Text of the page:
KARACHI, Pakistan — Pakistan's telecommunications regulator has ordered cellphone companies to monitor text messages and block any that contain any of more than 1,100 words and phrases that could be considered swear words, references to sex acts or terms of abuse.
The banned phrases and words include more than 50 that include the "f-word," and 17 that contain the word "butt."
Many of them involve homosexuality, including the words "lesbian" and "gay," and some of them are not in and of themselves obscene, including "pimp," "stroke," "stupid" and "flatulence."
The list is so voluminous and inclusive that one marvels at the flair with which the Pakistan Telecommunication Authority compiled it.
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While some of the terms are clear references to sex acts or sex toys, many are not. "Lolita," a reference to the underage character who is molested by her stepfather in Vladimir Nabokov's novel of the same name, is banned, but so are eight uses of the word "foot," including "Athletes foot." There are also a number of words that refer to medical conditions that affect the genitals, but have very little to do with sex.
Also ruled out: "fatso," "got Jesus," "joint," and "K Mart," the last possibly a reference to the date rape drug Ketamine.
While admitting that Pakistan's constitution guaranteed free speech, the regulator told mobile phone companies that such freedom was "not unrestricted" under court rulings. Furthermore, they had obligations under their licenses to prevent "obnoxious communication."
In the letter, dated Nov. 14, Muhammad Talib Doger, director general for services at the Pakistan Telecommunication Authority, told mobile phone providers that "the system should be implemented within seven days and a report submitted to PTA on monthly basis on the number of blocked" text messages.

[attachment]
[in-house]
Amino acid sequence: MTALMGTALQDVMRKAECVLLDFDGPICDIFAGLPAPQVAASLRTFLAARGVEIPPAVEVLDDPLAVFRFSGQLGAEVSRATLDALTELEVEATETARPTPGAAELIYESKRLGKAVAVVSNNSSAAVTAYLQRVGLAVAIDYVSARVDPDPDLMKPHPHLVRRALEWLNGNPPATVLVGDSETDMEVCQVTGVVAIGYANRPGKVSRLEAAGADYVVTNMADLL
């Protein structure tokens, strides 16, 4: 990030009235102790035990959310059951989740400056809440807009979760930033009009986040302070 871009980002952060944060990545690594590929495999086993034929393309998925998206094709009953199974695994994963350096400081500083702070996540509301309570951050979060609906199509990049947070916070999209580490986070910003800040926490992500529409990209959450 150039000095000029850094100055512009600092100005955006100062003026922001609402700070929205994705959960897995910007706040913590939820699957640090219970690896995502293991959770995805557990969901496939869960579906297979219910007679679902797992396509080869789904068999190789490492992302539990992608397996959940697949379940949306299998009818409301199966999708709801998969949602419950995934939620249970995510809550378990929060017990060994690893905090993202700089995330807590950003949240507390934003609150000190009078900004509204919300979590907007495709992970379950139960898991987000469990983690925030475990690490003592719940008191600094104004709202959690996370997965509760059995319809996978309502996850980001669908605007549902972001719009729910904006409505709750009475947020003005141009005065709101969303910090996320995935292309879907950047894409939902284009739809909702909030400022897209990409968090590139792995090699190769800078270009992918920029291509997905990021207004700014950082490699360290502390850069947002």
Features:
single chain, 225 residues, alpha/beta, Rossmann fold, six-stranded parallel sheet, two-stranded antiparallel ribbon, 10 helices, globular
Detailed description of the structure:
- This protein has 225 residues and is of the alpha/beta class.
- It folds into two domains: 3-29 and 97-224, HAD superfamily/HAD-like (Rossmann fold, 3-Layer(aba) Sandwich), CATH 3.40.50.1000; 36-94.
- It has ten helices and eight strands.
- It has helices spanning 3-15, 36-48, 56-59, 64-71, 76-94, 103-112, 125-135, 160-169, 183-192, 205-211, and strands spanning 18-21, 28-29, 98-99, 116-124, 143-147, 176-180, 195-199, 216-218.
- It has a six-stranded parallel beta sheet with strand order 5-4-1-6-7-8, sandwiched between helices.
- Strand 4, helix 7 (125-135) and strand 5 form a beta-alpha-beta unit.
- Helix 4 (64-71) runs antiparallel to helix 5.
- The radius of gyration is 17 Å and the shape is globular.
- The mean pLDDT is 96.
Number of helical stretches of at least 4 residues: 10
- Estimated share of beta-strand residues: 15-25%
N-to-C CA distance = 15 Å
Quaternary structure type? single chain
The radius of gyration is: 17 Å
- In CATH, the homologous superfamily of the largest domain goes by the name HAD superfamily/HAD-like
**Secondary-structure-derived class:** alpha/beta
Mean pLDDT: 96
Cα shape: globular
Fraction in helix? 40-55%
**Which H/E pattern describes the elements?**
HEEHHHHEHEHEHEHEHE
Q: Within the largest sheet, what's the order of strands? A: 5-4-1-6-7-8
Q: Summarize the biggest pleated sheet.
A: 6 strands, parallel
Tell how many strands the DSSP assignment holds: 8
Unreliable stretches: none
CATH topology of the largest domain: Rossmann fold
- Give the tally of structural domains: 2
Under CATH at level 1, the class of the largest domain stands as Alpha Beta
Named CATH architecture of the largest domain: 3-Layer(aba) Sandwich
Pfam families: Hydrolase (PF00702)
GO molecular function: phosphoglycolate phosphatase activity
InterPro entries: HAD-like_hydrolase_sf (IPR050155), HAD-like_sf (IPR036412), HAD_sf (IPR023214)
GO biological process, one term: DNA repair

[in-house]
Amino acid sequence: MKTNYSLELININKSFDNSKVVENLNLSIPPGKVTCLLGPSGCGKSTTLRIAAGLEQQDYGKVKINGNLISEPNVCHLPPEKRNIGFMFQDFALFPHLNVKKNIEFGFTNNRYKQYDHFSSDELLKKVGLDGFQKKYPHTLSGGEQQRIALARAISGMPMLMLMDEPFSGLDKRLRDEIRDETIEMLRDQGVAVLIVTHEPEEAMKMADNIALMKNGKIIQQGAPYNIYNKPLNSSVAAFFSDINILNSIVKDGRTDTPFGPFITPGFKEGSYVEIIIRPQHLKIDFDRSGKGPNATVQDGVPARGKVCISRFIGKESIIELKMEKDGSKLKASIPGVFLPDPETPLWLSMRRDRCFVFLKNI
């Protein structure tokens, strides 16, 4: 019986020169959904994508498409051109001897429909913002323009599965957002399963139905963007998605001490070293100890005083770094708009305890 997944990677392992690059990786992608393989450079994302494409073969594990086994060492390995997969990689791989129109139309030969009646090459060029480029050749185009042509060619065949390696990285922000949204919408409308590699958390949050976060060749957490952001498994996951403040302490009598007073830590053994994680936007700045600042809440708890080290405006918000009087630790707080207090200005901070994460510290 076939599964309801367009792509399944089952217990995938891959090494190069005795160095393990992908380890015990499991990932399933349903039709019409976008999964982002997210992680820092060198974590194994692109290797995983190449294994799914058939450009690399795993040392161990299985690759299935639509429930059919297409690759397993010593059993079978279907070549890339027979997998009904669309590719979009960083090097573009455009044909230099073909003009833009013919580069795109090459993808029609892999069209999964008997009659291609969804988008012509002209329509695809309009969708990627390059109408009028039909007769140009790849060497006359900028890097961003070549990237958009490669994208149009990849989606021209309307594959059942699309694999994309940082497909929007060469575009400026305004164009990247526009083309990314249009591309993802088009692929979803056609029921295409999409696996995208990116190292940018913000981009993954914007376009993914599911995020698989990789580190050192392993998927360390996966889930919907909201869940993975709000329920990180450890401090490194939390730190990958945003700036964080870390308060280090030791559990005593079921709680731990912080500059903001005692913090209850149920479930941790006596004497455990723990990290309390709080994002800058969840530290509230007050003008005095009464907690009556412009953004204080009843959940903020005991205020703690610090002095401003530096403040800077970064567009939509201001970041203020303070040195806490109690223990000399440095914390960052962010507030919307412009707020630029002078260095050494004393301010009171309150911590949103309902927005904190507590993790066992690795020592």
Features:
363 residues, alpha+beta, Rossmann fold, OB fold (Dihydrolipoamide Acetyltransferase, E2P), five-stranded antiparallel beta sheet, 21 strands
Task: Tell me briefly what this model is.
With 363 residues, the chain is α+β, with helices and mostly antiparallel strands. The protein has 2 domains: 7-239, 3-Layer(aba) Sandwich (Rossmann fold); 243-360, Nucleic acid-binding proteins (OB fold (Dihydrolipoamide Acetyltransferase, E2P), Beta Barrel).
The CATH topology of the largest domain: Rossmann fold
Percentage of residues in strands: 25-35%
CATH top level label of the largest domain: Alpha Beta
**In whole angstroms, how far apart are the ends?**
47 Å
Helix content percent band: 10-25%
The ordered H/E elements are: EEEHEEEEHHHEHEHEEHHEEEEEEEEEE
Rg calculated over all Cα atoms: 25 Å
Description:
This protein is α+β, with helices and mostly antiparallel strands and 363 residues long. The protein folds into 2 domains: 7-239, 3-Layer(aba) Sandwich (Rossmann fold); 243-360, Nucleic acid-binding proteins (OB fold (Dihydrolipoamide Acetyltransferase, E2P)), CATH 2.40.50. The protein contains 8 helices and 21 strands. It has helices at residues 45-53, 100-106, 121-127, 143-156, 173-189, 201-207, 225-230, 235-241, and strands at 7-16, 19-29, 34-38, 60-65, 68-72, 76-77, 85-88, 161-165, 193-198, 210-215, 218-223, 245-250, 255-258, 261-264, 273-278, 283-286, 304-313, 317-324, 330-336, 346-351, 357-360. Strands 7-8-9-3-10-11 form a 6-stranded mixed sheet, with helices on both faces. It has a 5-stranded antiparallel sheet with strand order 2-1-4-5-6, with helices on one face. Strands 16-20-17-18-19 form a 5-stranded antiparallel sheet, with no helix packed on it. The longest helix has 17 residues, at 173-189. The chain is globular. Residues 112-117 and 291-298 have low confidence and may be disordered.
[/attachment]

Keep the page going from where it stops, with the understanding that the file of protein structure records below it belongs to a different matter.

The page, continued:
The list was attached to the letter, with 1109 words and phrases in English to be banned and 586 in the national language, Urdu, a tongue that also offers many rich possibilities for abusive terms. Pakistan has four regional languages, including the raucous Punjabi, though so far the Pakistan Telecommunication Authority has not tackled them.
Despite being a poor country, mobile phones are used across society, even in remote villages.
Mohammad Younis, a spokesman for the Pakistan Telecommunication Authority, said that the ban was "the result of numerous meetings and consultations with stakeholders" after consumers complained of receiving offensive text messages. He said that the list was not finished and the authority would continue to add to it.
"Nobody would like this happening to their young boy or girl," said Younis. "We understand that we cannot be 100 percent comprehensive."
Mobile phone operators expect the authority to impose fines on them for any banned words that get through, which means that they will have to cut off the connection of consumers who persistently try to send such messages.
(Shah is a McClatchy special correspondent.)
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